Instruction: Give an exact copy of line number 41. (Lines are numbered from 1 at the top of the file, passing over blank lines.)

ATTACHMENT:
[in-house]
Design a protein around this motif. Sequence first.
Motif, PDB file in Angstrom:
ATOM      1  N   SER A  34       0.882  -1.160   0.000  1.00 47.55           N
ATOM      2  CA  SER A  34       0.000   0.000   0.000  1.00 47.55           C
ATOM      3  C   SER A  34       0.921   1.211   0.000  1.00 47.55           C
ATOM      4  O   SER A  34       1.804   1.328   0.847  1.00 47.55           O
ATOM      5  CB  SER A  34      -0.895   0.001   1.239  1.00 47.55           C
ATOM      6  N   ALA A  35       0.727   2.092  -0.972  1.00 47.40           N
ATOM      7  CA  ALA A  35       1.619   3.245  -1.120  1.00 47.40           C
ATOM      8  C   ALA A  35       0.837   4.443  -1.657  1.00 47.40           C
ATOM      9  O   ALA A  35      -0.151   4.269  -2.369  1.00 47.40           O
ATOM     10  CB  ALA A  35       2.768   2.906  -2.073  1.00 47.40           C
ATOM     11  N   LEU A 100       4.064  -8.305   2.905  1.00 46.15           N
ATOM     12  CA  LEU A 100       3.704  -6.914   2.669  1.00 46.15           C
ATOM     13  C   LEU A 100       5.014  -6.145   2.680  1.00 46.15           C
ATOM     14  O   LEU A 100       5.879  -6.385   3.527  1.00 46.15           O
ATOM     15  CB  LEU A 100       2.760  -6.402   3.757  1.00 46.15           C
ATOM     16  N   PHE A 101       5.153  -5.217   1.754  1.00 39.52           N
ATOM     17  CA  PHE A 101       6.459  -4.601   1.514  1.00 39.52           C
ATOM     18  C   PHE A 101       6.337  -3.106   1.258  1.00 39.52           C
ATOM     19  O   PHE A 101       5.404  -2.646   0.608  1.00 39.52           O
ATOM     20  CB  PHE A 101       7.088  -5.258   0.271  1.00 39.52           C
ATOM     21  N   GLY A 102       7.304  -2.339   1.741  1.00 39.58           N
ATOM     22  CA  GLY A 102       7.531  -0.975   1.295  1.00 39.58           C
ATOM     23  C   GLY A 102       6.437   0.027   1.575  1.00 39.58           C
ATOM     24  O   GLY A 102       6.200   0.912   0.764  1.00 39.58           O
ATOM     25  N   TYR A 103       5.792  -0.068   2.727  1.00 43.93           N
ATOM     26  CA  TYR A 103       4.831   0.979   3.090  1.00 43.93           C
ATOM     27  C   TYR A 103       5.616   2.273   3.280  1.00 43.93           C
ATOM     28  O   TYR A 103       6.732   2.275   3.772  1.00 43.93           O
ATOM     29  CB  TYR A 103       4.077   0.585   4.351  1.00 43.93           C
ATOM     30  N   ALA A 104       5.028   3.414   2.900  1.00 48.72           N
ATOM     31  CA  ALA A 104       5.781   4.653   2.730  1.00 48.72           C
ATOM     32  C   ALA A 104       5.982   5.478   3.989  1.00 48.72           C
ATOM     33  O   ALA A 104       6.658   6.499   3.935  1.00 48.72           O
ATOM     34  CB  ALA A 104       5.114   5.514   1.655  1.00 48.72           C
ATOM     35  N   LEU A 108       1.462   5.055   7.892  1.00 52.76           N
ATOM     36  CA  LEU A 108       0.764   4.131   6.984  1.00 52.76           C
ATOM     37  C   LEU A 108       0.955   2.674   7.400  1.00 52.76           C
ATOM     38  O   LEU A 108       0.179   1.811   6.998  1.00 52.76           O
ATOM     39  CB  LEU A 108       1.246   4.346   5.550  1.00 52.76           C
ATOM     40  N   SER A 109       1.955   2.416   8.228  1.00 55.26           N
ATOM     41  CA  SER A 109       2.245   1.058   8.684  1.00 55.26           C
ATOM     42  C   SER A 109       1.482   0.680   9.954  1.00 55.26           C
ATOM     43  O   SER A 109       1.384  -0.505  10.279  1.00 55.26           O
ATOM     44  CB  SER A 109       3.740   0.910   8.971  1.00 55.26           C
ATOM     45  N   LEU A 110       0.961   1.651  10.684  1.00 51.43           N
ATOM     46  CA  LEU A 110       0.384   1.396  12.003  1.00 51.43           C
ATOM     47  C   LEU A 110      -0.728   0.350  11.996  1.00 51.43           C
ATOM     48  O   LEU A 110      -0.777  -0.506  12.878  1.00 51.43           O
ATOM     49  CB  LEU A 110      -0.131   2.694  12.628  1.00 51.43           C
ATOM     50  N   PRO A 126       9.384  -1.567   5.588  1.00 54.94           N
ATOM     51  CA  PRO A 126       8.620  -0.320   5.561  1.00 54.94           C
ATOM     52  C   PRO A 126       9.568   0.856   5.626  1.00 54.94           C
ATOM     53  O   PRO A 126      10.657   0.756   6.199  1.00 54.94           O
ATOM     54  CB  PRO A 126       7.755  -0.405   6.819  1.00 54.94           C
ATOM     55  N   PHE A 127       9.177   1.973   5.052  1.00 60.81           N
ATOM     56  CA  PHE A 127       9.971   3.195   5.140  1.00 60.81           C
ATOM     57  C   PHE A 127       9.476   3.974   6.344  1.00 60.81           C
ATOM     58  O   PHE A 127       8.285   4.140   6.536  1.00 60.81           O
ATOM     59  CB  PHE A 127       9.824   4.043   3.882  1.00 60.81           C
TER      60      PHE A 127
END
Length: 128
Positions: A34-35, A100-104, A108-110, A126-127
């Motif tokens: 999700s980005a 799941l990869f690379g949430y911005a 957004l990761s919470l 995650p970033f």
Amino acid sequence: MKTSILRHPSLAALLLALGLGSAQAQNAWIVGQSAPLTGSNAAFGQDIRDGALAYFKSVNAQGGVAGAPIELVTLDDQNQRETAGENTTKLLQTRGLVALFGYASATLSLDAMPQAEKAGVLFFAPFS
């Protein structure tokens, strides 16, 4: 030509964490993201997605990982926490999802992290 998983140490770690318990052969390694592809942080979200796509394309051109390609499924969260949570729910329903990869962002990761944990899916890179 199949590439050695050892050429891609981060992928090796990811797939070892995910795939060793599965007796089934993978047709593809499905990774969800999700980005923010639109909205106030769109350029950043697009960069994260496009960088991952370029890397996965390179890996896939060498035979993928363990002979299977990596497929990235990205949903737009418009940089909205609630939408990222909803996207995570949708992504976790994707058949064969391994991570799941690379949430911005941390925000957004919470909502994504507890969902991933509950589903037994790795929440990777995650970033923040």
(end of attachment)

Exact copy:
ATOM     38  O   LEU A 108       0.179   1.811   6.998  1.00 52.76           O